Monthly GDP was flat in May following a 0.2% increase in April (revised down from 0.3% previously). The flat reading in May reflected increases in domestic final sales and nonfarm inventory investment that were essentially offset by a decline in net exports. The level of GDP in May was 2.1% above the first-quarter average at an annual rate. Our latest estimate of 2.5% GDP growth in the second quarter assumes a 0.3% (not annualized) increase in June. Click here for more information on MA’s Monthly GDP measure.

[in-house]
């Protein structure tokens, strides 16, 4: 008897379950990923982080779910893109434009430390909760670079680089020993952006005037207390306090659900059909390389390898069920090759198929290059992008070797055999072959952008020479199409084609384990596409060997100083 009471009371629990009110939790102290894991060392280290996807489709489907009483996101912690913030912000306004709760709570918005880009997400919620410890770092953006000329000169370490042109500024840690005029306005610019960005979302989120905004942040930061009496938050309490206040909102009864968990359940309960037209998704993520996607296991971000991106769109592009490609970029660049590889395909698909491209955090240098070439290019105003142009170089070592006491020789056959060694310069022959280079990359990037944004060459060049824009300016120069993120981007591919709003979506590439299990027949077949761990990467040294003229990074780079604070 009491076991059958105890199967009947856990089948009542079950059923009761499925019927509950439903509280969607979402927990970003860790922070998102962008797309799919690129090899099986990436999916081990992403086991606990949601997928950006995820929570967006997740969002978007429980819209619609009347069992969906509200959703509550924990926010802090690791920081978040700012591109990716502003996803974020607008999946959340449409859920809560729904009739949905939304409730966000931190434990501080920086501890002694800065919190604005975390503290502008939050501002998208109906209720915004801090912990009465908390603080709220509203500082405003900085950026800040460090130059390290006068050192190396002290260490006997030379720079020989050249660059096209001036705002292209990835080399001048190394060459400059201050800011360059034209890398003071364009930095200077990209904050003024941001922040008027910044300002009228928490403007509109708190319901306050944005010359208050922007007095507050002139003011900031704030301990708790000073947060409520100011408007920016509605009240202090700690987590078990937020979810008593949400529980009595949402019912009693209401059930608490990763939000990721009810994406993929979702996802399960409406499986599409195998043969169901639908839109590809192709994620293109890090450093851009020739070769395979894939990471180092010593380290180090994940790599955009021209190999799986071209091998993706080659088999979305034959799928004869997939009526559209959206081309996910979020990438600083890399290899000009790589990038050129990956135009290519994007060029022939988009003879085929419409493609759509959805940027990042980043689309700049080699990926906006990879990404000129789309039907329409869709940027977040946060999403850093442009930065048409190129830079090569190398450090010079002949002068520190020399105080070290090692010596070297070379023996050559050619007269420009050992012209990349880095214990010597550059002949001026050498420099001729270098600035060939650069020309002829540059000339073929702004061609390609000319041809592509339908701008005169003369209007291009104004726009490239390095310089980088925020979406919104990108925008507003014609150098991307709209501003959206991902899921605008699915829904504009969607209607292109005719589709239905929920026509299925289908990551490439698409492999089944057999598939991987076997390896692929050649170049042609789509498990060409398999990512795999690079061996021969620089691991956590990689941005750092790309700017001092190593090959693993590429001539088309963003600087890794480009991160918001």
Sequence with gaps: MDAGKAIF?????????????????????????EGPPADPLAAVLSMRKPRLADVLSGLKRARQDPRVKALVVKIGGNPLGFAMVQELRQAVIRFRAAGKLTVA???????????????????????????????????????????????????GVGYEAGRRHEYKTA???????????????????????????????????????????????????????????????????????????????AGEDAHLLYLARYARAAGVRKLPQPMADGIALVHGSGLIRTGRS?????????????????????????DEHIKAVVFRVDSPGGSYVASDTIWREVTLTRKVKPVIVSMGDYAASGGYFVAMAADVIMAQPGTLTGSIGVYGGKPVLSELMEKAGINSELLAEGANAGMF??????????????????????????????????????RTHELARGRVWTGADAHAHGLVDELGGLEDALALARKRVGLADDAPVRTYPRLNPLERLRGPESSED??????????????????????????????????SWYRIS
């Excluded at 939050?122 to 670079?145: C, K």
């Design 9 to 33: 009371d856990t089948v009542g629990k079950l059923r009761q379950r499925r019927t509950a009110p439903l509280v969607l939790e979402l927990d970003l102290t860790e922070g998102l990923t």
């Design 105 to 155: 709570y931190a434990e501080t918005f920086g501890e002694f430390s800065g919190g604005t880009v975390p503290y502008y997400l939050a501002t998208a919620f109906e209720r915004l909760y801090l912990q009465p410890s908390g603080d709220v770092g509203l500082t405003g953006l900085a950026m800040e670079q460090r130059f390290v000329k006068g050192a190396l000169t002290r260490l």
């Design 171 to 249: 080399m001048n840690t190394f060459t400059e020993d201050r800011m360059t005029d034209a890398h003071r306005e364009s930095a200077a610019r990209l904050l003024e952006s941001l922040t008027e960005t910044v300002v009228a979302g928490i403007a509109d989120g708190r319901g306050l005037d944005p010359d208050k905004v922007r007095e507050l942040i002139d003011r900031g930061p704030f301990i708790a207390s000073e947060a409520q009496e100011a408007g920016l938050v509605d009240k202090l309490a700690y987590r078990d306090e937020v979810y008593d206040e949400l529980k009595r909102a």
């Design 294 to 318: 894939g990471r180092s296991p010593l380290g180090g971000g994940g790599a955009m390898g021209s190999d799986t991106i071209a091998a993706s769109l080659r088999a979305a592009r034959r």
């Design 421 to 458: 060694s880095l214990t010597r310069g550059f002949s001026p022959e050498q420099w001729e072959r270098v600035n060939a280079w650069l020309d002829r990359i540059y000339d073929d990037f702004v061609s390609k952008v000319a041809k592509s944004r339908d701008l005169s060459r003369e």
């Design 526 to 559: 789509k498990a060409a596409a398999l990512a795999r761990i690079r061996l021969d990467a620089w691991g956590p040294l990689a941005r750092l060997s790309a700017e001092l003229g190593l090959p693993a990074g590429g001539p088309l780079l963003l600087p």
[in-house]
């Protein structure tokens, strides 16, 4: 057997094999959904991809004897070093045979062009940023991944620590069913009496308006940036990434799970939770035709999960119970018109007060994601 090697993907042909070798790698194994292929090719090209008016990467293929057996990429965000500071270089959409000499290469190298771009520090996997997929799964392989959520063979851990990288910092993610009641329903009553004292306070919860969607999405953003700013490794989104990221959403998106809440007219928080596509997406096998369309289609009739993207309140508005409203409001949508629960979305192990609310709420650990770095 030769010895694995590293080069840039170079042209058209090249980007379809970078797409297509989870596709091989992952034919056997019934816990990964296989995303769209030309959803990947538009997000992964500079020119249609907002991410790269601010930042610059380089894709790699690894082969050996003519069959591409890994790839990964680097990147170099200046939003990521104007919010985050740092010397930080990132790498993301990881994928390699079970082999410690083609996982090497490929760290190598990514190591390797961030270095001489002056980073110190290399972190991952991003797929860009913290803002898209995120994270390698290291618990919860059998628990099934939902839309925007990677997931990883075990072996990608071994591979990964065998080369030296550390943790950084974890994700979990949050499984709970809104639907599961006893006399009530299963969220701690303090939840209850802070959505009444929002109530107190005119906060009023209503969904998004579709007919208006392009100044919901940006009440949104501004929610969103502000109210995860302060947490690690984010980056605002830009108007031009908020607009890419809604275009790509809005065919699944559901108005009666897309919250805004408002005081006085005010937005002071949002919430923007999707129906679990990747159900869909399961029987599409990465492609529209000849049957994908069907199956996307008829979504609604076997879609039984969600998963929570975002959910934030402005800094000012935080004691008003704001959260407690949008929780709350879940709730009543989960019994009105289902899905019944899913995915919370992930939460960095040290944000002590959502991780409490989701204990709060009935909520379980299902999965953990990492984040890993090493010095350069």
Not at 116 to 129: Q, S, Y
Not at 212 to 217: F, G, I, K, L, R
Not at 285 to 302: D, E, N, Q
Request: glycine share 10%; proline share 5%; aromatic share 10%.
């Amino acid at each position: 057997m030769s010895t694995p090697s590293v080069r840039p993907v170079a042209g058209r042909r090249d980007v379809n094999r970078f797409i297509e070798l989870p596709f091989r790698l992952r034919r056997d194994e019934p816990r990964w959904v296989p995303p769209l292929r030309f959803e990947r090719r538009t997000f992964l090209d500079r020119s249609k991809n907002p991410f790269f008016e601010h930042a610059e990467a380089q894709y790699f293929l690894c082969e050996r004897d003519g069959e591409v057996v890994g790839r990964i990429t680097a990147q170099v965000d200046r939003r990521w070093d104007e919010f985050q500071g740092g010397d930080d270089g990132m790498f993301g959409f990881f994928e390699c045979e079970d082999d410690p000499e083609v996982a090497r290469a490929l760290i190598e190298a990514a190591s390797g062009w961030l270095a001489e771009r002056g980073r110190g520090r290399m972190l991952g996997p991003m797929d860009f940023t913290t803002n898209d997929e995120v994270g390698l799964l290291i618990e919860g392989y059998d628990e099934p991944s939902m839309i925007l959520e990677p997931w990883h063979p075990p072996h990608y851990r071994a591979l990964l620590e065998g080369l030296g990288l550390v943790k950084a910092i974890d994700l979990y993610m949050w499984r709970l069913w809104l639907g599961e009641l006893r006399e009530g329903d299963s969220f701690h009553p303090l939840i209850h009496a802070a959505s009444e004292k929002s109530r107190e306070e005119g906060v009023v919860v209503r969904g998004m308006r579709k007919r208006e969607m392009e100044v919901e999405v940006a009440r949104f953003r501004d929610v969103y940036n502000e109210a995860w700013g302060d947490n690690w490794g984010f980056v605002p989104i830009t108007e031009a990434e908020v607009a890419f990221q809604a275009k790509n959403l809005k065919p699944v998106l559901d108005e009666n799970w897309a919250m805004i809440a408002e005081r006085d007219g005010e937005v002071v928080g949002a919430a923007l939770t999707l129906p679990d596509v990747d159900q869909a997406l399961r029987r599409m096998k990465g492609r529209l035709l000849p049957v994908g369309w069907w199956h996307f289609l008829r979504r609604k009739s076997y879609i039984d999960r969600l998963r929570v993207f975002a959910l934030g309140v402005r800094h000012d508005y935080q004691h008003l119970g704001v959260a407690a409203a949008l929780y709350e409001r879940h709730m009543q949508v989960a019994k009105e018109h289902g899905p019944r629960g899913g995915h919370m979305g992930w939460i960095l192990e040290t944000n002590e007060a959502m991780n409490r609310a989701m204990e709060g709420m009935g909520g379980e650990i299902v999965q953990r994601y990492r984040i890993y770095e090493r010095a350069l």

MA’s Ken Matheny was quoted in the article, “Fog of Brexit clouds outlook for central banks seeking clarity” by Howard Schneider and Ann Saphir at Reuters (excerpts shown below). For much of this year, the dollar, oil prices, and economic conditions largely behaved as the U.S. Federal Reserve had expected, allowing policymakers to plot further interest rate increases. Not anymore. Since Britain’s June 23 vote to leave the European Union, every piece of economic, such as Friday’s jobs report, data comes with a question mark – how much does it reflect domestic economic developments and how much the short and long-term implications of an economic reordering that may take years to play out. Ken Matheny, senior economist at Macroeconomic Advisers, said he expected Brexit to nick U.S. growth, but that was all investors and policymakers will be able to say for a while. “I am not sure that in six months … Continue Reading